Esteban Torres was 3 years old when his father was sent back to Mexico by U.S. immigration authorities.
“One day, my father didn’t come home,” remembers Torres, who lived with his family in a mining camp in Arizona at the time. “My brother and I were left without a father. We never saw him again.”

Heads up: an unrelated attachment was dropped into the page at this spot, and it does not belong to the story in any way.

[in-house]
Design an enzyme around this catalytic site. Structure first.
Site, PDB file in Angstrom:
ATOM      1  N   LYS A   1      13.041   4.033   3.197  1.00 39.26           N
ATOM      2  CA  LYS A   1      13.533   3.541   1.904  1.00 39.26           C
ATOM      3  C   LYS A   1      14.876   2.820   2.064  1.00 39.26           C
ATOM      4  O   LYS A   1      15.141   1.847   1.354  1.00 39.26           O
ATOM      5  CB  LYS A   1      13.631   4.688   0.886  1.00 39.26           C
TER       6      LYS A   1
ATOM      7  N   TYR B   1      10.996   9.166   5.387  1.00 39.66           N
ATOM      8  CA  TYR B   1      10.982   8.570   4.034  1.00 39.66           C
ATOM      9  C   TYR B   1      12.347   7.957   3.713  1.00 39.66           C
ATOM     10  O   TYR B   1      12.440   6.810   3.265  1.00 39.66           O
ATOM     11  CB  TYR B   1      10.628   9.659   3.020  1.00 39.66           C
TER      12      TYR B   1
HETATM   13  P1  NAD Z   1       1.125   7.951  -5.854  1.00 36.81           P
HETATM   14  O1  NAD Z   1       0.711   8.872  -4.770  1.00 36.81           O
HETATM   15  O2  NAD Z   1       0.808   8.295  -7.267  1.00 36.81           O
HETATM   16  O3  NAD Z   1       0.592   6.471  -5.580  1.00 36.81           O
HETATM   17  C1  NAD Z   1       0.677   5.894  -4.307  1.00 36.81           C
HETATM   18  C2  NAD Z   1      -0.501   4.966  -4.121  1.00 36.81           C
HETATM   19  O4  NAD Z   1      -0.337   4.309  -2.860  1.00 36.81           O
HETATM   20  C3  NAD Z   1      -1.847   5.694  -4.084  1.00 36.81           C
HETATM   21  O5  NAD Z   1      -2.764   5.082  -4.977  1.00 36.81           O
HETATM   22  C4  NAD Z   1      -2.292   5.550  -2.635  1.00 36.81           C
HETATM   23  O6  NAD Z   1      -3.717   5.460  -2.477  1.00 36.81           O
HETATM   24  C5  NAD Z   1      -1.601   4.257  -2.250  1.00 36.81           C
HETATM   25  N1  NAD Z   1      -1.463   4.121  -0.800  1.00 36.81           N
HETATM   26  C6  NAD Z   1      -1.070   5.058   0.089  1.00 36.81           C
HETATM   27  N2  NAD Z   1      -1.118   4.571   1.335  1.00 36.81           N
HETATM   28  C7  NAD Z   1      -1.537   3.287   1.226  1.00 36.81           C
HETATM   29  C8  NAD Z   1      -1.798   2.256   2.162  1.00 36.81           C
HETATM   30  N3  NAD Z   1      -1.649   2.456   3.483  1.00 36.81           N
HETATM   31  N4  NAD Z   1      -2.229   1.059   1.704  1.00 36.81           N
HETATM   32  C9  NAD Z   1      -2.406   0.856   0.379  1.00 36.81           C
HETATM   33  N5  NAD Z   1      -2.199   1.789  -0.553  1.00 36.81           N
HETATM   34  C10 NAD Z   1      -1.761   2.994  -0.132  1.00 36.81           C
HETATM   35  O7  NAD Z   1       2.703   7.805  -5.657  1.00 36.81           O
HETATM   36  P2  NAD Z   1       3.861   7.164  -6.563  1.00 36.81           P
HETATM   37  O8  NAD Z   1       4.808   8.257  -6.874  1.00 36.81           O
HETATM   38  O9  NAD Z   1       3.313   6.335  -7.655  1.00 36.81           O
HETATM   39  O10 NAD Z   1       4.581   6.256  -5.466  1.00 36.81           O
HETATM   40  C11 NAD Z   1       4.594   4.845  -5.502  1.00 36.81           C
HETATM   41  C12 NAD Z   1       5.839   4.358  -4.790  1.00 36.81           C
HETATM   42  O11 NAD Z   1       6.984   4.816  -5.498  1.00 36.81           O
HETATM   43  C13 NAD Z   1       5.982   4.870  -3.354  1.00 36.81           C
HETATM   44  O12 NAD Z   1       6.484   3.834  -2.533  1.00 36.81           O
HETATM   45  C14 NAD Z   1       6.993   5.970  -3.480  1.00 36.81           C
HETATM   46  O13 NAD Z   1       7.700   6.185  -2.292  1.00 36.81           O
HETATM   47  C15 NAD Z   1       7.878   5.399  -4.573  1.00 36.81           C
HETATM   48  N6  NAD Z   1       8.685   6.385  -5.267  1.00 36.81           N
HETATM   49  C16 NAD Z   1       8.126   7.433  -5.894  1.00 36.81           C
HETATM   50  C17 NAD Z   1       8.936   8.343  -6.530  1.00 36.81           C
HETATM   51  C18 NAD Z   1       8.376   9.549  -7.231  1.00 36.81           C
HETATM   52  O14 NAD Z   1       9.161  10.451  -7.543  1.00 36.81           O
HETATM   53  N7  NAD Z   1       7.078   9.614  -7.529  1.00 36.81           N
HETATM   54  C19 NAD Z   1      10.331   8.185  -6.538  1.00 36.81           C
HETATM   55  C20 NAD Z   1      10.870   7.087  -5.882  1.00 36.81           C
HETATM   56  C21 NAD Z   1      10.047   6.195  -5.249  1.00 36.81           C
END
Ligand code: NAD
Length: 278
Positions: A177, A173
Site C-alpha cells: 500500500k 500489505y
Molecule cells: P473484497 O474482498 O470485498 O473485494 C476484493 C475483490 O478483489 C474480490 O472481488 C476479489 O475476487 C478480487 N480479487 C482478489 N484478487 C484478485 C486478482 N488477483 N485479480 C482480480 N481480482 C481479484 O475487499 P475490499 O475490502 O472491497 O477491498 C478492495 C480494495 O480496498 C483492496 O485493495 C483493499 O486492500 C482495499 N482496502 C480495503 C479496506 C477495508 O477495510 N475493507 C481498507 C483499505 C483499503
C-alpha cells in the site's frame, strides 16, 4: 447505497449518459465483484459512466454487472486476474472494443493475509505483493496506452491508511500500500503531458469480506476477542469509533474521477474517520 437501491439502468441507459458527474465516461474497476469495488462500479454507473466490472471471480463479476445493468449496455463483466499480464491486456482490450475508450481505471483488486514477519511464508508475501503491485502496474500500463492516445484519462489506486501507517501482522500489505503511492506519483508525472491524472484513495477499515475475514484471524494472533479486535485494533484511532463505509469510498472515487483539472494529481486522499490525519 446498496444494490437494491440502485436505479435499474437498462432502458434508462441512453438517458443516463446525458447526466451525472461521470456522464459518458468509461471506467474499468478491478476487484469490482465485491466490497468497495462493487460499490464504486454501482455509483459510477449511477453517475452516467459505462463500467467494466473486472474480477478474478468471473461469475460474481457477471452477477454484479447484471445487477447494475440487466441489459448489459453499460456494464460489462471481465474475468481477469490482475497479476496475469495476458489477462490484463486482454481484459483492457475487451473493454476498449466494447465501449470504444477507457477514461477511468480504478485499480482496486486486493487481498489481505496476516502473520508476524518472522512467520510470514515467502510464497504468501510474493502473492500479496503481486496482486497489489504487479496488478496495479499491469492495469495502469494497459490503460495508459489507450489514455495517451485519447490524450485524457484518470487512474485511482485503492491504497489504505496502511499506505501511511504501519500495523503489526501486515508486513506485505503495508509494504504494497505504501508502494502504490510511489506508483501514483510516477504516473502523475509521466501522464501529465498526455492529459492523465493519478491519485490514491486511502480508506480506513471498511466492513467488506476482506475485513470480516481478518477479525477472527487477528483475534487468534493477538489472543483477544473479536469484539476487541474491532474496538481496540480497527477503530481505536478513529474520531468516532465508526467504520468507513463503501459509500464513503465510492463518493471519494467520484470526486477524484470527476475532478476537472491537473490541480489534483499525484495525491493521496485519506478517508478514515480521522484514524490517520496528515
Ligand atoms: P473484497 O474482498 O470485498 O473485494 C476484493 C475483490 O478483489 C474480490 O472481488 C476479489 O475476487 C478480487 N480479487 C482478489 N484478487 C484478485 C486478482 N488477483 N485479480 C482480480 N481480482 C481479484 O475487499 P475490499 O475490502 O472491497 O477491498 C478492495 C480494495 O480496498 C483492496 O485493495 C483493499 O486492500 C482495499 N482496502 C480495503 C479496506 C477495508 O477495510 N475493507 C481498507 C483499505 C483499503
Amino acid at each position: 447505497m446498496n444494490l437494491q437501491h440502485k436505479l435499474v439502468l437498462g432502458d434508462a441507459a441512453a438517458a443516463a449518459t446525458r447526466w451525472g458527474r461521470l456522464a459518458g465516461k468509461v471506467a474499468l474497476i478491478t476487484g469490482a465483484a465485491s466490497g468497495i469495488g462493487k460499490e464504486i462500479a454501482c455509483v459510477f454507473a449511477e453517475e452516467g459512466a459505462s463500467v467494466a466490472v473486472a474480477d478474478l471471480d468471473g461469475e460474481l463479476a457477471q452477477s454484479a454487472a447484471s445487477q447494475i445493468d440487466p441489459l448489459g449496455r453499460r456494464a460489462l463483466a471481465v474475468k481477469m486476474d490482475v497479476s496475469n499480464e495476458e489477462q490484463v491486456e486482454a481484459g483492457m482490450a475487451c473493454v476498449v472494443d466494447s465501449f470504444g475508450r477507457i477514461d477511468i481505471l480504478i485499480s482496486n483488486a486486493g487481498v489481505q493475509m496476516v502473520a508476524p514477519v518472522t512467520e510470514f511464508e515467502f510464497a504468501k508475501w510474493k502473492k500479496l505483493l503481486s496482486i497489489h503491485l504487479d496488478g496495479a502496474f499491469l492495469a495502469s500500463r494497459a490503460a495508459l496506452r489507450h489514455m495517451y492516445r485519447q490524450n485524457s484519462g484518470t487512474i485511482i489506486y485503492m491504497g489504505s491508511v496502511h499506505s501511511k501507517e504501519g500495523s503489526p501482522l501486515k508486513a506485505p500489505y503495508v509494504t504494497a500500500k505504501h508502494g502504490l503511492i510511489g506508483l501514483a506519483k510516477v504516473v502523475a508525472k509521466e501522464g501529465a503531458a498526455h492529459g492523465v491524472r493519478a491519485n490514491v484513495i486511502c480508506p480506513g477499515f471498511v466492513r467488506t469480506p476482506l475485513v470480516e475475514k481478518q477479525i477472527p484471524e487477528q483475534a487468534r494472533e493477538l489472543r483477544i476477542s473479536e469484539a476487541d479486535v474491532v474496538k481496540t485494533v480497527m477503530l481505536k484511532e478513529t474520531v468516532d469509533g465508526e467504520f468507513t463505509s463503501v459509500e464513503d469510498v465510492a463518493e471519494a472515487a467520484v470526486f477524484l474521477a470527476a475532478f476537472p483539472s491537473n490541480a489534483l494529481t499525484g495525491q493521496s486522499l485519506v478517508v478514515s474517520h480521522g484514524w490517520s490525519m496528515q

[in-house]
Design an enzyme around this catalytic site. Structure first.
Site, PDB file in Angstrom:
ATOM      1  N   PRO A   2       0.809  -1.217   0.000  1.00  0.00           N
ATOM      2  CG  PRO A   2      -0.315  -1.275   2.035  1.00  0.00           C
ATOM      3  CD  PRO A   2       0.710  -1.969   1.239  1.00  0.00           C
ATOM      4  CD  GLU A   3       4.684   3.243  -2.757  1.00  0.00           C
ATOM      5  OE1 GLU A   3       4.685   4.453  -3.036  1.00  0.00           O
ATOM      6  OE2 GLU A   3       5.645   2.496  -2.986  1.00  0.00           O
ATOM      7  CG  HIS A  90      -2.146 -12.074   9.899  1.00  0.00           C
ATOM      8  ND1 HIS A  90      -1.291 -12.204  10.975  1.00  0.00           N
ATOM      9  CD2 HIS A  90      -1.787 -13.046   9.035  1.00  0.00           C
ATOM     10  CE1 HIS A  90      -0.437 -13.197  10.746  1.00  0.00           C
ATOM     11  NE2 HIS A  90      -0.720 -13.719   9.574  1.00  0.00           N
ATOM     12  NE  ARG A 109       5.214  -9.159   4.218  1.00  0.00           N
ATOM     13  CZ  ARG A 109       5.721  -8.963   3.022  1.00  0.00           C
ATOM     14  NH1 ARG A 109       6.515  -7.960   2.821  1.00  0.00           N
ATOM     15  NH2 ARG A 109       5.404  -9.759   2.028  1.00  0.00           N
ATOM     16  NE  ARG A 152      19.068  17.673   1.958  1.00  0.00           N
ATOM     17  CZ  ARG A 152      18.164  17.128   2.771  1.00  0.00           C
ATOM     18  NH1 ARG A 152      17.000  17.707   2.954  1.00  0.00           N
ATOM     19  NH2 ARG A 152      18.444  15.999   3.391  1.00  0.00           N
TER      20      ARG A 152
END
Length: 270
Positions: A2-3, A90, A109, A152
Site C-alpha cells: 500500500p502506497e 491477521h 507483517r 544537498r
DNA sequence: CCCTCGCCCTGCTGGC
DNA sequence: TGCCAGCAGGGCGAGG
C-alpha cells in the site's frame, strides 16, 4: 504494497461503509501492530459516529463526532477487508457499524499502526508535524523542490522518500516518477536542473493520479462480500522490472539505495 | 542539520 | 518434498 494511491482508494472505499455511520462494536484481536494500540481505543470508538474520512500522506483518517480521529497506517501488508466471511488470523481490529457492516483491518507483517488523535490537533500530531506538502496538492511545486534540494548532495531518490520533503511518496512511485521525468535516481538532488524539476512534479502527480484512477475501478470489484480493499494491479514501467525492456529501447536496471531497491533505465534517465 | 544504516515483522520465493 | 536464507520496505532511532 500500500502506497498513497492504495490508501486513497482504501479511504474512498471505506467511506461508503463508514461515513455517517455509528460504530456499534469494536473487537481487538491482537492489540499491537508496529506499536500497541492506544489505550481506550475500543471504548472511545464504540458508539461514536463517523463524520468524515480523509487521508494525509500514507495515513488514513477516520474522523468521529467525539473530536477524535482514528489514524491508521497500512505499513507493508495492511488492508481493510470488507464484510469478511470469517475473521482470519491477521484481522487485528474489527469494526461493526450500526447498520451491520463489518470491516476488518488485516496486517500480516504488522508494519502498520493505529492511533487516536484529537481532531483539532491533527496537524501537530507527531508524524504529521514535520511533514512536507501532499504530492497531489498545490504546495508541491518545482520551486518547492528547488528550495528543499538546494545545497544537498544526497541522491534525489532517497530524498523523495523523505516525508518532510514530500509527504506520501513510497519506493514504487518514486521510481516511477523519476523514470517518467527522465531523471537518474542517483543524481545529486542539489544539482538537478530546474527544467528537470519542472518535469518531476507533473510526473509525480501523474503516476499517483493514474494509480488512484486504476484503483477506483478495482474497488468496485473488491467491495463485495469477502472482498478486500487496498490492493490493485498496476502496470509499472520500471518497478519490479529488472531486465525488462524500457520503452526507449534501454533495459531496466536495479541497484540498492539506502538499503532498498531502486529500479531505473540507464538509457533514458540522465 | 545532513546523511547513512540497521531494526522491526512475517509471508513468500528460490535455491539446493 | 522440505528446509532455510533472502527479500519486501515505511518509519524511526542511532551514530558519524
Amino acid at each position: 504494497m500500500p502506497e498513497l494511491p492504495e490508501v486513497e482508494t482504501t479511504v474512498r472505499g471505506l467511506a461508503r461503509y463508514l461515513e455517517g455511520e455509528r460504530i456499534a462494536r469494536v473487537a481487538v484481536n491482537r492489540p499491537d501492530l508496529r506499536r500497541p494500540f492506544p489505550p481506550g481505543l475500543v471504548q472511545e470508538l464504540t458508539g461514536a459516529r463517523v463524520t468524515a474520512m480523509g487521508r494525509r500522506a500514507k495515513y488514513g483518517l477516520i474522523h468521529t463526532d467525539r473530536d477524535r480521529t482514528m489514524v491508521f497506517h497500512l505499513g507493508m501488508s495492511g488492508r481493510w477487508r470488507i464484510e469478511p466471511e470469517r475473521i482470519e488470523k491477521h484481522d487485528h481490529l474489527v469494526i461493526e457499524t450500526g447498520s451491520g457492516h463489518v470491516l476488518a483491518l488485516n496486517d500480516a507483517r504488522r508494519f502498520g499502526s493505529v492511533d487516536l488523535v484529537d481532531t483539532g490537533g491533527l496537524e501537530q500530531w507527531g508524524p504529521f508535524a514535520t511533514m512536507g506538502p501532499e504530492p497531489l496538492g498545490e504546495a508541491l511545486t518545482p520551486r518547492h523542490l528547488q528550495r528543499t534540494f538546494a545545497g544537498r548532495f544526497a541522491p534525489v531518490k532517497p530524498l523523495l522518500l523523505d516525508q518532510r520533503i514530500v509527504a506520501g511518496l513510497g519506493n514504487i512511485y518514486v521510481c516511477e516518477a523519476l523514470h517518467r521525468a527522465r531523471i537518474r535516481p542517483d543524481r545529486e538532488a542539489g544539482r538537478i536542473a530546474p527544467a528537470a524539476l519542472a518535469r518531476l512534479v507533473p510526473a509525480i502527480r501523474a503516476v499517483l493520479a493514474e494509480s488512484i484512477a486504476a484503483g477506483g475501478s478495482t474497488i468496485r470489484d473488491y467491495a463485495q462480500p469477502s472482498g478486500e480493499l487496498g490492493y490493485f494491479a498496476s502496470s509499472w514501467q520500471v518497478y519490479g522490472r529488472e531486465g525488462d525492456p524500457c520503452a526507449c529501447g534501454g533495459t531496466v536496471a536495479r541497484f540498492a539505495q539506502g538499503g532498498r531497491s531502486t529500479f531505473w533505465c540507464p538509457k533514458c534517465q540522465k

Torres, 85, who went on to become a congressman representing the Pico Rivera area, was part of a generation of people whose lives were changed dramatically by large-scale deportation campaigns during the 1930s, ’40s and ’50s in which millions of Mexican nationals were rounded up and sent across the border on buses, trains and ships.